The development of autonomous robotic systems has experienced a remarkable boost within the last years. Away from stationary manufacturing units, current robots have grown up into autonomous, mobile systems that not only interact with real world environments, but also fulfill mission critical tasks in collaboration with human individuals on a reliable basis. Typical fields of application are unmanned vehicles for exploration but also for transportation, reconnaissance and search-and-rescue in hazardous environments, and ambient assisted living for elderly or disabled people. Hence, algorithms in cognition, computer vision, and locomotion have become hot-spots of research and development. In addition, modern concepts like evolutionary and bio-inspired design have entered the stage to tackle open issues in robotics and to cope with domain specific properties like inherent indeterminism.
The back-side of this boost is an even larger increase in complexity of modern robotic systems. Numerous actuators and sensors have to be controlled simultaneously. Complex actions have to be performed via timed parallel execution of multiple instruction streams on distinct electronic control units. Autonomy, especially long term autonomy as required by deep-sea or space exploration missions, necessitates features of fault-tolerance, error recovery, or at least well-defined fallbacks. Due to the physical interaction of robots with the real world, safety violations are extremely harmful, in the worst-case they might lead to severe damage and even to casualties.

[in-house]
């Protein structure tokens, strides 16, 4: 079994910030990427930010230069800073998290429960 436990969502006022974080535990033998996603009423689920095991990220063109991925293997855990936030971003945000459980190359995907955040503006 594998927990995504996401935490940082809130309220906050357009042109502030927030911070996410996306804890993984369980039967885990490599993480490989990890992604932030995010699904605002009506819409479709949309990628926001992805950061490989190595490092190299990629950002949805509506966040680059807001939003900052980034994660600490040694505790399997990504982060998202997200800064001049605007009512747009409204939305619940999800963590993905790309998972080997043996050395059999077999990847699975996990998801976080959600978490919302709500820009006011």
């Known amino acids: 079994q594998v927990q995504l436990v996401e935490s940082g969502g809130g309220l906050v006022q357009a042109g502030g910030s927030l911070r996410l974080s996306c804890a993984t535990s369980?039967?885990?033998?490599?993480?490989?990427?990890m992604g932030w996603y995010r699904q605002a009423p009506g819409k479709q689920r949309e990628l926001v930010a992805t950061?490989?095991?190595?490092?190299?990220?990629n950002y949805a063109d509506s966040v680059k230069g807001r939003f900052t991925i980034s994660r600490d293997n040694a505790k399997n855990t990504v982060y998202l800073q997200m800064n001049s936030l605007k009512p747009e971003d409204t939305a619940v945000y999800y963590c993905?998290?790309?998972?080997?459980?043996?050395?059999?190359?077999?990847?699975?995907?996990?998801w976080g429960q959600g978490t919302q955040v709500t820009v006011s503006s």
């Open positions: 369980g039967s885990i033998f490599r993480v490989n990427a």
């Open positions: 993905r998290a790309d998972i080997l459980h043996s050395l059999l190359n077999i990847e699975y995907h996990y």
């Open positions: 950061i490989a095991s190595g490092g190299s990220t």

The goal of this Workshop is to bring together researchers and practitioners who are interested in the software aspect of robotic systems. Topics of interest for the workshop include (but are not limited to):
- compilation techniques
- dependability and fault tolerance
- software architectures
- computer vision
- cognitive robotics